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Samba 3.3.12 Memory Corruption Vulnerability



Samba is an open-source Unix server application used to implement Windows file sharing and domain controlling functionality. For more information, please visit:


Remote exploitation of a buffer overflow vulnerability within Samba Project's Samba could allow an attacker to execute arbitrary code with root privileges.

This vulnerability exists in a certain function within Samba, where an attacker could trigger a memory corruption by sending specially crafted SMB requests resulting in heap memory overwritten with attacker supplied data, which can allow attackers to execute code remotely.


Exploitation allows attackers to execute arbitrary code on the targeted host with root privileges. To exploit this vulnerability, an attacker would need to send a malicious SMB packet to a vulnerable Samba server. It should be noted that this vulnerability works on samba default configuration, no authentication is needed and no user action is required. Unsuccessful exploitation attempts may cause the process serving the request to crash and may leave evidence of an attack in logs.


iDefense has confirmed the existence of this vulnerability in Samba version 3.3.12. Previous versions are suspected to be affected.Samba 3.4.0 and newer versions rewrite the whole logic of the vulnerable function and thus are not affected by this vulnerability.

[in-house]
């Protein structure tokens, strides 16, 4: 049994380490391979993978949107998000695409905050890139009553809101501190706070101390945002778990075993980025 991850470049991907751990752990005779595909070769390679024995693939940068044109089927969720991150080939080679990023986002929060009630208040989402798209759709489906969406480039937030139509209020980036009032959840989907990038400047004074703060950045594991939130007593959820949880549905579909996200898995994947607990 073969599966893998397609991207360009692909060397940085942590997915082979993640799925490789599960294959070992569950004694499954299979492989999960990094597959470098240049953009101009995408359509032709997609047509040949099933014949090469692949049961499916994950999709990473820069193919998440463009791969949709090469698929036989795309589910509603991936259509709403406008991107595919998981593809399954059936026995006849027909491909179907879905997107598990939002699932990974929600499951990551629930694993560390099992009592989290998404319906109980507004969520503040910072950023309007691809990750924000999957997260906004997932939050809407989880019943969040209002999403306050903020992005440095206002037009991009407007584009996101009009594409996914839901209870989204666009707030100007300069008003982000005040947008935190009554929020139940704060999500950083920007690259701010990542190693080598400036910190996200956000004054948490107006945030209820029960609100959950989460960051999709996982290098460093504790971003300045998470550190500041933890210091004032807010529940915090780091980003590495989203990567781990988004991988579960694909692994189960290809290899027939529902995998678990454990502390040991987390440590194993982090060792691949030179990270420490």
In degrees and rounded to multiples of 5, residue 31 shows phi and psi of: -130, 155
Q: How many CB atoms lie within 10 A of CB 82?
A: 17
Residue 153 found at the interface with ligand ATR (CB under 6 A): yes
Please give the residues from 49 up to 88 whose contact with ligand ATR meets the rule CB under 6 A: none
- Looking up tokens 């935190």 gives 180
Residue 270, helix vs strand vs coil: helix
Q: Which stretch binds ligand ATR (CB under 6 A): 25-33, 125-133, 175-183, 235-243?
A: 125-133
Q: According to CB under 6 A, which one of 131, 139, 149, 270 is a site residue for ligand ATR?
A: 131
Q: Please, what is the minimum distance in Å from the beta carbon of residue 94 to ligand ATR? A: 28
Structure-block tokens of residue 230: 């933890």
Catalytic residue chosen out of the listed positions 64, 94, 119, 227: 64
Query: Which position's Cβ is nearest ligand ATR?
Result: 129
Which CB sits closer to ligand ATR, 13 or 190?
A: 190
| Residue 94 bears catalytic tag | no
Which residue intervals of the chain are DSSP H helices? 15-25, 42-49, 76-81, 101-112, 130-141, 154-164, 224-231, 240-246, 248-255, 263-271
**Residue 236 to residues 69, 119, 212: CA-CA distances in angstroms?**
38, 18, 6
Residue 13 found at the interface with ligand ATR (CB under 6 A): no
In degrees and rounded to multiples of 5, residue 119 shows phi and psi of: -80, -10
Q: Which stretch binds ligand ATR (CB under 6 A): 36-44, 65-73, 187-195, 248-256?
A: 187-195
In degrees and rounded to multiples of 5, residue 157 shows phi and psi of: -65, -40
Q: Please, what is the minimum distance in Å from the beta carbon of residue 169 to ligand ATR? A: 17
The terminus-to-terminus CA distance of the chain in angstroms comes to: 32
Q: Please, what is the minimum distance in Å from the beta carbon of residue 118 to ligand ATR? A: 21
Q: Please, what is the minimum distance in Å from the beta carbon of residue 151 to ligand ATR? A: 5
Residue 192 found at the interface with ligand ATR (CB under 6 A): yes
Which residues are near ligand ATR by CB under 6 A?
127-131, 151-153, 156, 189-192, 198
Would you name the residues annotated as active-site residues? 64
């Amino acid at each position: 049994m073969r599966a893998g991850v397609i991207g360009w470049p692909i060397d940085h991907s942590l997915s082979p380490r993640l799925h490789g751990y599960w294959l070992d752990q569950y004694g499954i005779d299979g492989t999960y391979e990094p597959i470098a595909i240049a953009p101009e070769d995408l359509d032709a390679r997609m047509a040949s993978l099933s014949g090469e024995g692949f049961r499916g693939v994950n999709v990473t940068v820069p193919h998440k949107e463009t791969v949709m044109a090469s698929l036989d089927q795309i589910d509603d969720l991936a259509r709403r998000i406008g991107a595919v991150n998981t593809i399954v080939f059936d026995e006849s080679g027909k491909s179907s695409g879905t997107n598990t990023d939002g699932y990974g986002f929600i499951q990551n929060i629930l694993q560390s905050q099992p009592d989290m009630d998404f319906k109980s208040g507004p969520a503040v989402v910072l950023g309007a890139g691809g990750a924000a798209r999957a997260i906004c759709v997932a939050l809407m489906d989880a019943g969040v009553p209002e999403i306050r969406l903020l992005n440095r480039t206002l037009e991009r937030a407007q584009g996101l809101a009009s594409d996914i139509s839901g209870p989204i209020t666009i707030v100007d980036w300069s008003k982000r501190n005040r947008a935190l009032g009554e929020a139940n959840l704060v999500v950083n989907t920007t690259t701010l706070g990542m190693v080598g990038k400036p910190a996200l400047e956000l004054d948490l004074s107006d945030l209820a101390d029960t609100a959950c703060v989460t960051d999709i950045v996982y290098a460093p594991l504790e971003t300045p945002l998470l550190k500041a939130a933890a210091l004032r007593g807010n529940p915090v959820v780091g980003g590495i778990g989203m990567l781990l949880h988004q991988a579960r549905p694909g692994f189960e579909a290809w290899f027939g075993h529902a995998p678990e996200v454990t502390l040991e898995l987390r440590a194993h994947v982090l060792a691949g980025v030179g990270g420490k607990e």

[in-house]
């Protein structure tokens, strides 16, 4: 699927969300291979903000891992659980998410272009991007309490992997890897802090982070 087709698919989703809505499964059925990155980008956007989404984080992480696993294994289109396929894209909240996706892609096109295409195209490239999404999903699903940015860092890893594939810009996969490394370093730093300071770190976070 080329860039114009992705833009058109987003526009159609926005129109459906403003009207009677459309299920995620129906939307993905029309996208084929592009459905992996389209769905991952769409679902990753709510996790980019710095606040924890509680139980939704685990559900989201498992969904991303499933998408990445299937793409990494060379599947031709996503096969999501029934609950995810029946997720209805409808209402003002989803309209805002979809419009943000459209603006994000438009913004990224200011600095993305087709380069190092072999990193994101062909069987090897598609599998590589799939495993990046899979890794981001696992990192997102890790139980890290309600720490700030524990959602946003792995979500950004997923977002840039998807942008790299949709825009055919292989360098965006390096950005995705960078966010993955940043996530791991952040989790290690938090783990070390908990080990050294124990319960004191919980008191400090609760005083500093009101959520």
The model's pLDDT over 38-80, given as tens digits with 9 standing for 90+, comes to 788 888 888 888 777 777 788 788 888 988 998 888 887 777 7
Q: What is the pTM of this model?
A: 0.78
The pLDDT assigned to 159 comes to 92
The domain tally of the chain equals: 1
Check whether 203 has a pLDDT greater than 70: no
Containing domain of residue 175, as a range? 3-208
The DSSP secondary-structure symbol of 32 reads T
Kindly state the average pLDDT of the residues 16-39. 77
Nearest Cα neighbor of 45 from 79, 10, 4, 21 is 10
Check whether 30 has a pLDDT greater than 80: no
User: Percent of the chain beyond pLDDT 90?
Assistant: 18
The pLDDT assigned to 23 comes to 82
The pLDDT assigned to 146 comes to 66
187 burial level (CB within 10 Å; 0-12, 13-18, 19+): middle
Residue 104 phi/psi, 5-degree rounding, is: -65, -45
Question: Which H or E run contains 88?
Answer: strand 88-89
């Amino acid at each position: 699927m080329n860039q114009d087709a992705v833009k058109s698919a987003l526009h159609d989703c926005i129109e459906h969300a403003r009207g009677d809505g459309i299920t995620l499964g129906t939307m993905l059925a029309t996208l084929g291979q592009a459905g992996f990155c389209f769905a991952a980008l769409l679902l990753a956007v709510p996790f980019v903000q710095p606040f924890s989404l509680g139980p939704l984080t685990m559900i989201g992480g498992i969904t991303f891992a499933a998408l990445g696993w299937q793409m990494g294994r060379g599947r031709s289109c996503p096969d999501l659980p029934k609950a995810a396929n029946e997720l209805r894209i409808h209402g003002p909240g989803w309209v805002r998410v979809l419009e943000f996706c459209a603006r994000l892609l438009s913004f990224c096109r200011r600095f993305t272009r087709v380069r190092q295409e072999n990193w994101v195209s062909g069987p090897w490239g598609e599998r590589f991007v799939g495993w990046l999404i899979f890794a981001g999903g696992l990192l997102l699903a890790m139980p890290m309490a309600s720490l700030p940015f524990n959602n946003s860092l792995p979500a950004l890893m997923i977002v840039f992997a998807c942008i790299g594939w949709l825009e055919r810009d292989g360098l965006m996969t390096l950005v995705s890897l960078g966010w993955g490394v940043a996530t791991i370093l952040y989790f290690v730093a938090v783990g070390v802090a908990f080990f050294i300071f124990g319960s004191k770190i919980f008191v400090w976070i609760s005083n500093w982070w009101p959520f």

iDefense is currently unaware of any workaround for this issue. Firewalls should be utilized to prevent unauthorized connections to samba ports.


Samba has released patches to address this issue. Information about downloadable vendor updates can be found by clicking on the URL shown.


The Common Vulnerabilities and Exposures (CVE) project has assigned the name CVE-2010-2063 to this issue. This is a candidate for inclusion in the CVE list (, which standardizes names for security problems.


06/04/2010 Initial Vendor Notification
06/04/2010 Initial Vendor Reply
06/16/2010 Coordinated Public Disclosure


This vulnerability was discovered by Jun Mao, iDefense Labs.

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Disclaimer: The information in the advisory is believed to be accurate at the time of publishing based on currently available information. Use of the information constitutes acceptance for use in an AS IS condition. There are no warranties with regard to this information. Neither the author nor the publisher accepts any liability for any direct, indirect, or consequential loss or damage arising from use of, or reliance on, this information.